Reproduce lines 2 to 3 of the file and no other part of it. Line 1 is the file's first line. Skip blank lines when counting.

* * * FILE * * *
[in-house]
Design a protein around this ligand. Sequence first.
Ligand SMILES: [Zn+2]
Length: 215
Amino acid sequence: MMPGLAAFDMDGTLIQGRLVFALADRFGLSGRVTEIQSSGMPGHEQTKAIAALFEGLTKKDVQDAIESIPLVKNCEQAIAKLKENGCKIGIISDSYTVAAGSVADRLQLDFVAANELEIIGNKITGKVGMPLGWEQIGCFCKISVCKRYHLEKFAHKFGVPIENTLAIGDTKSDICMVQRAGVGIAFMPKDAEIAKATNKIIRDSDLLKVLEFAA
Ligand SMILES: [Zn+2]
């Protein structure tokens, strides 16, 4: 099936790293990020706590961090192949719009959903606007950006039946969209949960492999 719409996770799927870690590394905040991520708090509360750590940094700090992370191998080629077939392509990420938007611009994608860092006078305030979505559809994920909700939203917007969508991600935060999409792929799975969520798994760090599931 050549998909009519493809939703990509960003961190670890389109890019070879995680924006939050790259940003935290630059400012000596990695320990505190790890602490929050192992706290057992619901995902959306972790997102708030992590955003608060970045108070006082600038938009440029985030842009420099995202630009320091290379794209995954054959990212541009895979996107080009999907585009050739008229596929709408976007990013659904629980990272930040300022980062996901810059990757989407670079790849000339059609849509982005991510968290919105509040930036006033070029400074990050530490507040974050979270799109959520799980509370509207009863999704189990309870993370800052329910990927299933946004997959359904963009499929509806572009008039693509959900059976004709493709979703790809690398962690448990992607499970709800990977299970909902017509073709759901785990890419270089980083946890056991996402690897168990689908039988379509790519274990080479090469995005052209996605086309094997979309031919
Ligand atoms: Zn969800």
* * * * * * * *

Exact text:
Design a protein around this ligand. Sequence first.
Ligand SMILES: [Zn+2]